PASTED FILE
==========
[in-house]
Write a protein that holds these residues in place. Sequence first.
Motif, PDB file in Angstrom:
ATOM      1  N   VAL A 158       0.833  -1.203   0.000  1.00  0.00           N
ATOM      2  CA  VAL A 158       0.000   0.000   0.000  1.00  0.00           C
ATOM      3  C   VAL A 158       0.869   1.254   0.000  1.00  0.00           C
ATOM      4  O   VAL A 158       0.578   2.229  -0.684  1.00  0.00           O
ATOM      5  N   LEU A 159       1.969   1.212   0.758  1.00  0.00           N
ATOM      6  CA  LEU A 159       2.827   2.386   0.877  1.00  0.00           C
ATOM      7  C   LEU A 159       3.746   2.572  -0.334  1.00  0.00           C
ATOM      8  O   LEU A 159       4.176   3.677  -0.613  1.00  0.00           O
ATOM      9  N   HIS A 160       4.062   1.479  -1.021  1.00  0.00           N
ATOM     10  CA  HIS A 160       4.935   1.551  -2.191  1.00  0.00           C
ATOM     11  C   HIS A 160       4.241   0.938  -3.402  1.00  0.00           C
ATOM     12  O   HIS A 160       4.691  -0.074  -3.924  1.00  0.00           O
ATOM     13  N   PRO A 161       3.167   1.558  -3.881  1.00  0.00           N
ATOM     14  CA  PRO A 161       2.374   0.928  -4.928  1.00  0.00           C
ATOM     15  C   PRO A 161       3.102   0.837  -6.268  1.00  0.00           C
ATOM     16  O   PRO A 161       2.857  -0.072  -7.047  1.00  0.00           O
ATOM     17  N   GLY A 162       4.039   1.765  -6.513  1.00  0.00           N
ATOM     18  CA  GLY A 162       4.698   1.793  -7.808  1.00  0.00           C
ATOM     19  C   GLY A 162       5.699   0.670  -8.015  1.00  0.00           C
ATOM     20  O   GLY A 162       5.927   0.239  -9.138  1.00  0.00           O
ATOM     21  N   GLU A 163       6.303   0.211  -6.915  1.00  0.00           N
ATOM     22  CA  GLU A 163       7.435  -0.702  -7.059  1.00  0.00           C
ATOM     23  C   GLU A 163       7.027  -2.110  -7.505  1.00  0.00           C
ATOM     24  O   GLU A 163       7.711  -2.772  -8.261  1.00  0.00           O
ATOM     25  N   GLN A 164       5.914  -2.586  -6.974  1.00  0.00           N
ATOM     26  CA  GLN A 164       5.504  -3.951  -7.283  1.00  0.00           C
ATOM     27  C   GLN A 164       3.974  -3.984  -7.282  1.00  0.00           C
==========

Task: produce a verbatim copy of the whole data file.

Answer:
[in-house]
Write a protein that holds these residues in place. Sequence first.
Motif, PDB file in Angstrom:
ATOM      1  N   VAL A 158       0.833  -1.203   0.000  1.00  0.00           N
ATOM      2  CA  VAL A 158       0.000   0.000   0.000  1.00  0.00           C
ATOM      3  C   VAL A 158       0.869   1.254   0.000  1.00  0.00           C
ATOM      4  O   VAL A 158       0.578   2.229  -0.684  1.00  0.00           O
ATOM      5  N   LEU A 159       1.969   1.212   0.758  1.00  0.00           N
ATOM      6  CA  LEU A 159       2.827   2.386   0.877  1.00  0.00           C
ATOM      7  C   LEU A 159       3.746   2.572  -0.334  1.00  0.00           C
ATOM      8  O   LEU A 159       4.176   3.677  -0.613  1.00  0.00           O
ATOM      9  N   HIS A 160       4.062   1.479  -1.021  1.00  0.00           N
ATOM     10  CA  HIS A 160       4.935   1.551  -2.191  1.00  0.00           C
ATOM     11  C   HIS A 160       4.241   0.938  -3.402  1.00  0.00           C
ATOM     12  O   HIS A 160       4.691  -0.074  -3.924  1.00  0.00           O
ATOM     13  N   PRO A 161       3.167   1.558  -3.881  1.00  0.00           N
ATOM     14  CA  PRO A 161       2.374   0.928  -4.928  1.00  0.00           C
ATOM     15  C   PRO A 161       3.102   0.837  -6.268  1.00  0.00           C
ATOM     16  O   PRO A 161       2.857  -0.072  -7.047  1.00  0.00           O
ATOM     17  N   GLY A 162       4.039   1.765  -6.513  1.00  0.00           N
ATOM     18  CA  GLY A 162       4.698   1.793  -7.808  1.00  0.00           C
ATOM     19  C   GLY A 162       5.699   0.670  -8.015  1.00  0.00           C
ATOM     20  O   GLY A 162       5.927   0.239  -9.138  1.00  0.00           O
ATOM     21  N   GLU A 163       6.303   0.211  -6.915  1.00  0.00           N
ATOM     22  CA  GLU A 163       7.435  -0.702  -7.059  1.00  0.00           C
ATOM     23  C   GLU A 163       7.027  -2.110  -7.505  1.00  0.00           C
ATOM     24  O   GLU A 163       7.711  -2.772  -8.261  1.00  0.00           O
ATOM     25  N   GLN A 164       5.914  -2.586  -6.974  1.00  0.00           N
ATOM     26  CA  GLN A 164       5.504  -3.951  -7.283  1.00  0.00           C
ATOM     27  C   GLN A 164       3.974  -3.984  -7.282  1.00  0.00           C